People who enjoy an activity, be it sports or anything else, are the ones who tend to stick with it over the long term. Some people make their practice, if not their lives, a constant struggle. They seem to always be measuring themselves in contrast with some distant ideal, feeling bad about how far they are from it. Then they keep pushing harder and harder, in a tense and stressful way.
It is important to have a goal and work towards it, but this effort has to be balanced with a lighthearted attitude and a constant search for enjoyment. There are always opportunities to make it enjoyable.
One example of it was the first time I did a 16 mile session. Before that most of my training happened on the beach or on South Point Park, and that day I decided to take the streets and run from 1st St to 95th in Miami Beach, then I would do the same way back and that was going to be 16 miles. What I miscalculated is that South Point Park is a very flat, very smooth surface, and the beach is not too bad either. Running on the streets you have to keep switching directions, going up and down curbs, avoiding all kinds of obstacles. The stress on my feet and ancles was so much more intense that by the time I reached 95th St I was in more pain than ever, and returning home was a slow walk until I reached 55th St. At that point the pain was so intense I couldn’t walk really, it was more like a careful and slow limping… and I still had some 4 miles to go. At this point I decided to forget the pace and walk to the beach, and put my feet under the cool ocean water. The soothing effect was amazing. I changed the music in my iPhone to some of my favorite and most uplifting motivational talks, and just walked back by the water, varying my moves and enjoying the amazing view of South Beach under a near full moon. It was still not easy, but much better than insisting on a horribly painful routine on the street. The next day my feet and ancles were more sore than usual, but I was well recovered in just another 24 hours.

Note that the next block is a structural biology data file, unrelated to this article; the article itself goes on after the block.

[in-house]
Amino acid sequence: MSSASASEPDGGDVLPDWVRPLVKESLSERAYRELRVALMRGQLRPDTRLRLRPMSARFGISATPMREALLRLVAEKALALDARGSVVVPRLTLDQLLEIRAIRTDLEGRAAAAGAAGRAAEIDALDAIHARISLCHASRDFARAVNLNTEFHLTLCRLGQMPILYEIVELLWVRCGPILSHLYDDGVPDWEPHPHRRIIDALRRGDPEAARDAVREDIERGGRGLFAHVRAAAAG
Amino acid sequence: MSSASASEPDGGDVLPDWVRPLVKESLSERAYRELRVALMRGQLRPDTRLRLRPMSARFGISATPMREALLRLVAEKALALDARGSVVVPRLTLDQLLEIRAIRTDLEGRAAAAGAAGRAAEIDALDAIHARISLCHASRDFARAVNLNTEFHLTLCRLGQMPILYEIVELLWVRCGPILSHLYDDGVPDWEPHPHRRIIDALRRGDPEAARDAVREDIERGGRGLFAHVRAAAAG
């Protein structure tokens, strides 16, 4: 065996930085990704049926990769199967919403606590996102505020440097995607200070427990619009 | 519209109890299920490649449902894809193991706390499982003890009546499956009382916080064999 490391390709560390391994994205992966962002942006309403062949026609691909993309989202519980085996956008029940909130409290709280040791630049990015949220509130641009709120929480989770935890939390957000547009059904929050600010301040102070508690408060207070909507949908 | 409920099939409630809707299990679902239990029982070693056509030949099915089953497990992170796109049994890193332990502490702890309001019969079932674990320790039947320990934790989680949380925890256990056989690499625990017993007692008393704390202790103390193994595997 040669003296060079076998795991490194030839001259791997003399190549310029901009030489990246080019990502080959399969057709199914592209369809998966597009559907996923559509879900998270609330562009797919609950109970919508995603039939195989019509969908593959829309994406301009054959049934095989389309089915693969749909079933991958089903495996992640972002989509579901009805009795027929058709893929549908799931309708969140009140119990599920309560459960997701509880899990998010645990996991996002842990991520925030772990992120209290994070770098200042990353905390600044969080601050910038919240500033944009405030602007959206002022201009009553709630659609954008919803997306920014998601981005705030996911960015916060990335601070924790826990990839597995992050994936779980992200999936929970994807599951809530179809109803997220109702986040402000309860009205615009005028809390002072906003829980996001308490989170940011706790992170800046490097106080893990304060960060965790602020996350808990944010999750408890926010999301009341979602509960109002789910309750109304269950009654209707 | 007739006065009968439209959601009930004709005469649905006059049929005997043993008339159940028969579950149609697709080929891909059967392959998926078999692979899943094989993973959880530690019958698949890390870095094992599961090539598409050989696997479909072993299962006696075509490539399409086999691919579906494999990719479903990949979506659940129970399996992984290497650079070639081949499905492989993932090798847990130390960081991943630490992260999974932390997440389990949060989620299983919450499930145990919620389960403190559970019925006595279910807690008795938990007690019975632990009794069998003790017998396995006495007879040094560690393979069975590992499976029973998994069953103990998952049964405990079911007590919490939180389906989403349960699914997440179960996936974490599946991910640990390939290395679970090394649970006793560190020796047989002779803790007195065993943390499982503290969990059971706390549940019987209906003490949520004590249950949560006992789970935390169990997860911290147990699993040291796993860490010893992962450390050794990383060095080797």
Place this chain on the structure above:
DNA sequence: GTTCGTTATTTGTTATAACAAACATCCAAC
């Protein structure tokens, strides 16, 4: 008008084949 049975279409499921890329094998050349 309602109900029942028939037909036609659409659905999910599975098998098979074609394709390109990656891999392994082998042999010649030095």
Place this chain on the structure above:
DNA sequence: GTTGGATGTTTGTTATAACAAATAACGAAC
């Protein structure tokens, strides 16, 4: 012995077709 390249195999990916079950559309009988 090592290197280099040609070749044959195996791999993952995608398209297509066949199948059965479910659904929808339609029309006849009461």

We can all work hard and still stay within enjoyment. That 16mile limit that was so hard for me that day is a short distance for me now that I am running 20 miles or more at a time. It was more important to preserve my state of mind than to preserve an arbitrary goal of time or distance for that particular day.